From wildly over the top, to completely subtle. Nicholson is one of those actors who everyone loves, but is often criticized for just being Jack in every movie. No one can accuse him of that in his masterfully, understated performance in Alexander Payne’s About Schmidt – where he plays a widowed mid-Westerner who has to deal with the fact that he has pretty much wasted his life, and no one really likes him. It is a Nicholson at his very best – I would have much preferred the Academy waited five years to give him his third Oscar, so he could have won for this, instead of As Good As It Gets – as Jacked up a performance as he could give.

3.    Nicolas Cage, Adaptation.
Cage earns every bit of the criticism he receives for making so many horrible movies where his talent is completed wasted, and when he simply goes batshit crazy in one of his movies for no apparent reason. Yet, when Cage is given the right role – seemingly only a two or three times a decade – he can be better than just about any actor around. Here, given the dual role of screenwriter Charlie Kaufman, who struggles to adapt an unadaptable book, and his twin brother Donald, who takes one of those screenwriting courses and thinks he knows every, Cage is brilliant. Along with his work in Leaving Las Vegas and Bad Lieutenant: Port of Call, New Orleans, this is the best work Cage has ever done.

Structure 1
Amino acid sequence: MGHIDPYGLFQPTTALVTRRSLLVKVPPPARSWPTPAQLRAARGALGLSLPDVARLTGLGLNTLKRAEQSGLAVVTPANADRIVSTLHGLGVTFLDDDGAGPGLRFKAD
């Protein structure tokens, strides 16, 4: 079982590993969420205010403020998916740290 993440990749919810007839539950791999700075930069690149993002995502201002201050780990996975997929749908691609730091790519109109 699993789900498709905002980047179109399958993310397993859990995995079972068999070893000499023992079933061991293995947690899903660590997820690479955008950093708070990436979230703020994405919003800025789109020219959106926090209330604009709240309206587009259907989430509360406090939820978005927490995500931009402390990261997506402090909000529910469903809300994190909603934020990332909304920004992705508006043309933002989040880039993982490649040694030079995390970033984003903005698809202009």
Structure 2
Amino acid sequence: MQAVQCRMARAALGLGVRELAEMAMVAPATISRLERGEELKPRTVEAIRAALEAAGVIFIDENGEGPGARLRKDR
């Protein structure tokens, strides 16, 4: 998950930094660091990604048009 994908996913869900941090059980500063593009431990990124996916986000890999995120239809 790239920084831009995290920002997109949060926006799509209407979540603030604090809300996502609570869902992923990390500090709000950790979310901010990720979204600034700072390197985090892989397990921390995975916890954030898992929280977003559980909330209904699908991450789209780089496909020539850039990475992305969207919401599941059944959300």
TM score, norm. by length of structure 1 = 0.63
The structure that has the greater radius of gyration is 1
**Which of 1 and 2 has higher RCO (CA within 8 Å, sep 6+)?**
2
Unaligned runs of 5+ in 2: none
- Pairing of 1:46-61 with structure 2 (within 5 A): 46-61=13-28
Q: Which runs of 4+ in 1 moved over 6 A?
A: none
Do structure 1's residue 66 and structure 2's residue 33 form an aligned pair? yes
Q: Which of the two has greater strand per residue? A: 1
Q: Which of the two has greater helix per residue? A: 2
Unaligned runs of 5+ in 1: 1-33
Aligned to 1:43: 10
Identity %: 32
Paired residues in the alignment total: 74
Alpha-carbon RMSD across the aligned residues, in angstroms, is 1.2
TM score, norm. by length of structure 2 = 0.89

4.    Adrien Brody, The Pianist (Winner)